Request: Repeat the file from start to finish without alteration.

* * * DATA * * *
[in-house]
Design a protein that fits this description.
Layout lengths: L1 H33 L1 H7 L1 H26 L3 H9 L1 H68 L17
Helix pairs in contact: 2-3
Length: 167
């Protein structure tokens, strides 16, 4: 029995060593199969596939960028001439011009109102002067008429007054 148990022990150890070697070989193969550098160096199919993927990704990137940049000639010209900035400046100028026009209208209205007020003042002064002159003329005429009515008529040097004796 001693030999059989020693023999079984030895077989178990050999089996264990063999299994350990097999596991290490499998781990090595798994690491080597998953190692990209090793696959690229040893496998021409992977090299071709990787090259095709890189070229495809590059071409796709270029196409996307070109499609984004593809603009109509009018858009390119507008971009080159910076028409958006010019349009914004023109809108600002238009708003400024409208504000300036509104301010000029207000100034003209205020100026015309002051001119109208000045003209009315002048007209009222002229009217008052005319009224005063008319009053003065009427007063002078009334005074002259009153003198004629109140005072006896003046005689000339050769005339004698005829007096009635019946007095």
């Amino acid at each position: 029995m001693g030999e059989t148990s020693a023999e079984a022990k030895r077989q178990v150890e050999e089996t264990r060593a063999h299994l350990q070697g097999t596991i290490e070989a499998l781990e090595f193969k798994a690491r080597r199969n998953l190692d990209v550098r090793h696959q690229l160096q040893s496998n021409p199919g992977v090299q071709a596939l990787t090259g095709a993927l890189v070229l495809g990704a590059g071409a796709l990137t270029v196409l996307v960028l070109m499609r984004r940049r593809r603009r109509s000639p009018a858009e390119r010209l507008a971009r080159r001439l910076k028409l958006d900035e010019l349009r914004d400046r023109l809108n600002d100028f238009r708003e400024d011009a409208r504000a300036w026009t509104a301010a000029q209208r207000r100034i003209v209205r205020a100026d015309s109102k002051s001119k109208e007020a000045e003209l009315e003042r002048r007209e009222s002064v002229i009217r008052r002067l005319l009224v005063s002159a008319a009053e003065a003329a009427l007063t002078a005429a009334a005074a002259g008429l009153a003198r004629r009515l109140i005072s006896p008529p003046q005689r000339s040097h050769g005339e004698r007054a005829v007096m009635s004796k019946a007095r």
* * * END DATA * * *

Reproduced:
[in-house]
Design a protein that fits this description.
Layout lengths: L1 H33 L1 H7 L1 H26 L3 H9 L1 H68 L17
Helix pairs in contact: 2-3
Length: 167
């Protein structure tokens, strides 16, 4: 029995060593199969596939960028001439011009109102002067008429007054 148990022990150890070697070989193969550098160096199919993927990704990137940049000639010209900035400046100028026009209208209205007020003042002064002159003329005429009515008529040097004796 001693030999059989020693023999079984030895077989178990050999089996264990063999299994350990097999596991290490499998781990090595798994690491080597998953190692990209090793696959690229040893496998021409992977090299071709990787090259095709890189070229495809590059071409796709270029196409996307070109499609984004593809603009109509009018858009390119507008971009080159910076028409958006010019349009914004023109809108600002238009708003400024409208504000300036509104301010000029207000100034003209205020100026015309002051001119109208000045003209009315002048007209009222002229009217008052005319009224005063008319009053003065009427007063002078009334005074002259009153003198004629109140005072006896003046005689000339050769005339004698005829007096009635019946007095």
């Amino acid at each position: 029995m001693g030999e059989t148990s020693a023999e079984a022990k030895r077989q178990v150890e050999e089996t264990r060593a063999h299994l350990q070697g097999t596991i290490e070989a499998l781990e090595f193969k798994a690491r080597r199969n998953l190692d990209v550098r090793h696959q690229l160096q040893s496998n021409p199919g992977v090299q071709a596939l990787t090259g095709a993927l890189v070229l495809g990704a590059g071409a796709l990137t270029v196409l996307v960028l070109m499609r984004r940049r593809r603009r109509s000639p009018a858009e390119r010209l507008a971009r080159r001439l910076k028409l958006d900035e010019l349009r914004d400046r023109l809108n600002d100028f238009r708003e400024d011009a409208r504000a300036w026009t509104a301010a000029q209208r207000r100034i003209v209205r205020a100026d015309s109102k002051s001119k109208e007020a000045e003209l009315e003042r002048r007209e009222s002064v002229i009217r008052r002067l005319l009224v005063s002159a008319a009053e003065a003329a009427l007063t002078a005429a009334a005074a002259g008429l009153a003198r004629r009515l109140i005072s006896p008529p003046q005689r000339s040097h050769g005339e004698r007054a005829v007096m009635s004796k019946a007095r």